Chinua Achebe's Things Fall Apart
The last chapter of Chinua Achebe's "Things Fall Apart" concludes with the sentence:
"He had already chosen the title of the book, after much thought: The Pacification of the Primitive Tribes of the Lower Niger."
This refers to the District Commissioner's chosen title for a book he has written that would have the African people, the Igbo tribe specifically, as the main subject. From the title itself, one can say that the writer has an unfavorable bias against his subject. But come to think of it, there are many factors why it would be impossible for the District Commissioner to write an accurate description of the culture he's trying to write about. How can he do so when he knows very little about the subject? How can he do so when he is writing from a European colonialist's point of view? Let's focus on his selection of words for the working title of his book. The word "pacification" is very condescending in nature. It creates an impression, especially for those who are unaware of the realities about the Igbo people, that the latter are barbarians and uncivilized. It can create an impression that they are like a child who will likely loiter around an unknown place without any sense of direction if his parents decide to leave him alone. We are not saying here that the Igbo people are living in complete harmony during pre-colonial times. They may have had some internal misunderstandings, which are just normal in a community. But the point here is, the Igbo people don't need to be pacified because they are already living in peace generally prior to the colonialists' arrival. As a matter of fact, the natives may have felt more distress and unease with their arrival, especially the District Commissioner.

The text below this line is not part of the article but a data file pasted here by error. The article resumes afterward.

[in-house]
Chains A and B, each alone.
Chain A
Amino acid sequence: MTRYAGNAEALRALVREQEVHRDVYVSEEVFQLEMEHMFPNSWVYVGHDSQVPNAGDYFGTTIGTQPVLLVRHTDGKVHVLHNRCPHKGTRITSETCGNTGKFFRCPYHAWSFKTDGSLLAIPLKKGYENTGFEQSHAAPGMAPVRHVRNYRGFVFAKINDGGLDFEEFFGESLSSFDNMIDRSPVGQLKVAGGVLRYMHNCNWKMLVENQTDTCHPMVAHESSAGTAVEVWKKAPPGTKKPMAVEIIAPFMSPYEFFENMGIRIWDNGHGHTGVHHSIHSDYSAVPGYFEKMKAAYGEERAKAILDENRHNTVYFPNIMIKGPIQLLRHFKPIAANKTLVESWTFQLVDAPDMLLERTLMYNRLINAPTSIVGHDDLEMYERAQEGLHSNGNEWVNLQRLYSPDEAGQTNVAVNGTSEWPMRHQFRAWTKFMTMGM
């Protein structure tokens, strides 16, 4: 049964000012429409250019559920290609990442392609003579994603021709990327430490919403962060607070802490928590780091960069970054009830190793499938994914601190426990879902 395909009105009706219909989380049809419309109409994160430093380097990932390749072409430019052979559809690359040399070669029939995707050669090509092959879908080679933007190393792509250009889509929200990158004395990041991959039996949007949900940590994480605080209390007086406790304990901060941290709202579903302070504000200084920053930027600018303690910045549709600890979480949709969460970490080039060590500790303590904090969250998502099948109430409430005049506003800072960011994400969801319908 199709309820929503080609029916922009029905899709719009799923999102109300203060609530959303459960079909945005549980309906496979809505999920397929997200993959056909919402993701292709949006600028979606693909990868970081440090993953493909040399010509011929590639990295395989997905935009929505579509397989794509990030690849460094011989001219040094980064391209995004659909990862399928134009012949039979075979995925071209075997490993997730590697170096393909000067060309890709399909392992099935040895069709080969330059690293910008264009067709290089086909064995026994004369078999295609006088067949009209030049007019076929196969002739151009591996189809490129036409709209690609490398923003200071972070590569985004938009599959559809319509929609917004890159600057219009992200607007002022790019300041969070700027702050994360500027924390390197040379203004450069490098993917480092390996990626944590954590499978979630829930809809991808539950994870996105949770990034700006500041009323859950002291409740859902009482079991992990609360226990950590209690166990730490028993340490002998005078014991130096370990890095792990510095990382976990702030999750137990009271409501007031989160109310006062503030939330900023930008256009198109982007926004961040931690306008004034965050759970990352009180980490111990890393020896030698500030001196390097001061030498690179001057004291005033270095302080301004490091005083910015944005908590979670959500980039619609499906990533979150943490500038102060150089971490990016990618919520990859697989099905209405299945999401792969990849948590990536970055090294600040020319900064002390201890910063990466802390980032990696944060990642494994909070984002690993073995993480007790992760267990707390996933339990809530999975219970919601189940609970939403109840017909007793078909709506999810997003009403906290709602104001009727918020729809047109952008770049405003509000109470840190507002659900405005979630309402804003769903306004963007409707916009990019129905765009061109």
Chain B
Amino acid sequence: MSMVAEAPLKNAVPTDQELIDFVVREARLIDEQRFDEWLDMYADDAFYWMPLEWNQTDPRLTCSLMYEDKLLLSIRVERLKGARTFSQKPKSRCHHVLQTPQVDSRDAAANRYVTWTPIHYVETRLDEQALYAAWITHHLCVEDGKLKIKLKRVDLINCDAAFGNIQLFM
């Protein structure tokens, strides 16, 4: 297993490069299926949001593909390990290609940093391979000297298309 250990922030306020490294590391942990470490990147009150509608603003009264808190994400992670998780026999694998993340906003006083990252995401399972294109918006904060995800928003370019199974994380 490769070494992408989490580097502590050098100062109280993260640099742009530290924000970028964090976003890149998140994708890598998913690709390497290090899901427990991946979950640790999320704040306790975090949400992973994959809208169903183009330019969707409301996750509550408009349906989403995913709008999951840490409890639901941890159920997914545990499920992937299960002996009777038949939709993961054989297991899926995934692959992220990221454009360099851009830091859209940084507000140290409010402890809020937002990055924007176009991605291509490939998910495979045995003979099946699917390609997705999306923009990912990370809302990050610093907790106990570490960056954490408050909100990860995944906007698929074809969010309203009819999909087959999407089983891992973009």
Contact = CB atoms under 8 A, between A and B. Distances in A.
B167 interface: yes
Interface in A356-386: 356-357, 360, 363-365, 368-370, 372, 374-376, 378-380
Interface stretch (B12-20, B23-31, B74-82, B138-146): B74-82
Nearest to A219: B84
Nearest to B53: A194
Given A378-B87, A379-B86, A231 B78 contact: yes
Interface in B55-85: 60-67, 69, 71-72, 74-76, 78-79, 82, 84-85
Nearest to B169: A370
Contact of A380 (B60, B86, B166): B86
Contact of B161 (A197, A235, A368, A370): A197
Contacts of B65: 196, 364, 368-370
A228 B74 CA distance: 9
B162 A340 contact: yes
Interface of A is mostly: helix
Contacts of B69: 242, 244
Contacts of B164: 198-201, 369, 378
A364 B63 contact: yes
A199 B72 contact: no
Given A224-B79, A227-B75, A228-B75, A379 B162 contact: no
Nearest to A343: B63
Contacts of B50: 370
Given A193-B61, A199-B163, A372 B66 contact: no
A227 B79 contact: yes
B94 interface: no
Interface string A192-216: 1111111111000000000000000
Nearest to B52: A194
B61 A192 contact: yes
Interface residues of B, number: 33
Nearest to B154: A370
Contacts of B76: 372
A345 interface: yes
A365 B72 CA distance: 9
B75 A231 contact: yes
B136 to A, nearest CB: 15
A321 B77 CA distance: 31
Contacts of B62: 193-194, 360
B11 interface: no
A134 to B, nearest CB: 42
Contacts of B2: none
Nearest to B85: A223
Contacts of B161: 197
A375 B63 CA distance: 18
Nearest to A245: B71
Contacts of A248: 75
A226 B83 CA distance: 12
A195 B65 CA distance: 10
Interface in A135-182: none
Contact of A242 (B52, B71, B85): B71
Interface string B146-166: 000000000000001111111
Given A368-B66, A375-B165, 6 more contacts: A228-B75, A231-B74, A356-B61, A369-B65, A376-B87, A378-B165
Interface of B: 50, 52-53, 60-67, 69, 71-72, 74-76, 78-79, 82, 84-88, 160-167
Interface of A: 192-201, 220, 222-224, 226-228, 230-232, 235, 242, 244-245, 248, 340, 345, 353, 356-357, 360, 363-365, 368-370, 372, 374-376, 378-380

By peppering the novel with a lot of Igbo words, Achebe shows that the Igbo language is too complex for a direct translation into English. By using different proverbs, folktales and song that is originally written in the Igbo language, the author has managed to convey the beauty of his native language to the readers. In the book, the colonial masters have ridiculed the said language and called them "superfluous words", showing no appreciation at all of the beautiful and expressive language of the Umuofians. They have even come to the conclusion that their tribe was a "primitive" one. They have also said that the native customs are "bad" and their ceremonies and sacrifices as "frivolous". In the Chapter Twenty of the book, there's a conversation between Okonkwo and Obierika in which the latter rightly stated:
"Does the white man understand our custom about land? How can he when he does not speak our tongue?"
The language barrier between the colonists and the colonized enables critical misunderstandings to take place. The idea of someone vilifying certain customs and traditions in which he is unfamiliar is very laughable. The District Commissioner was...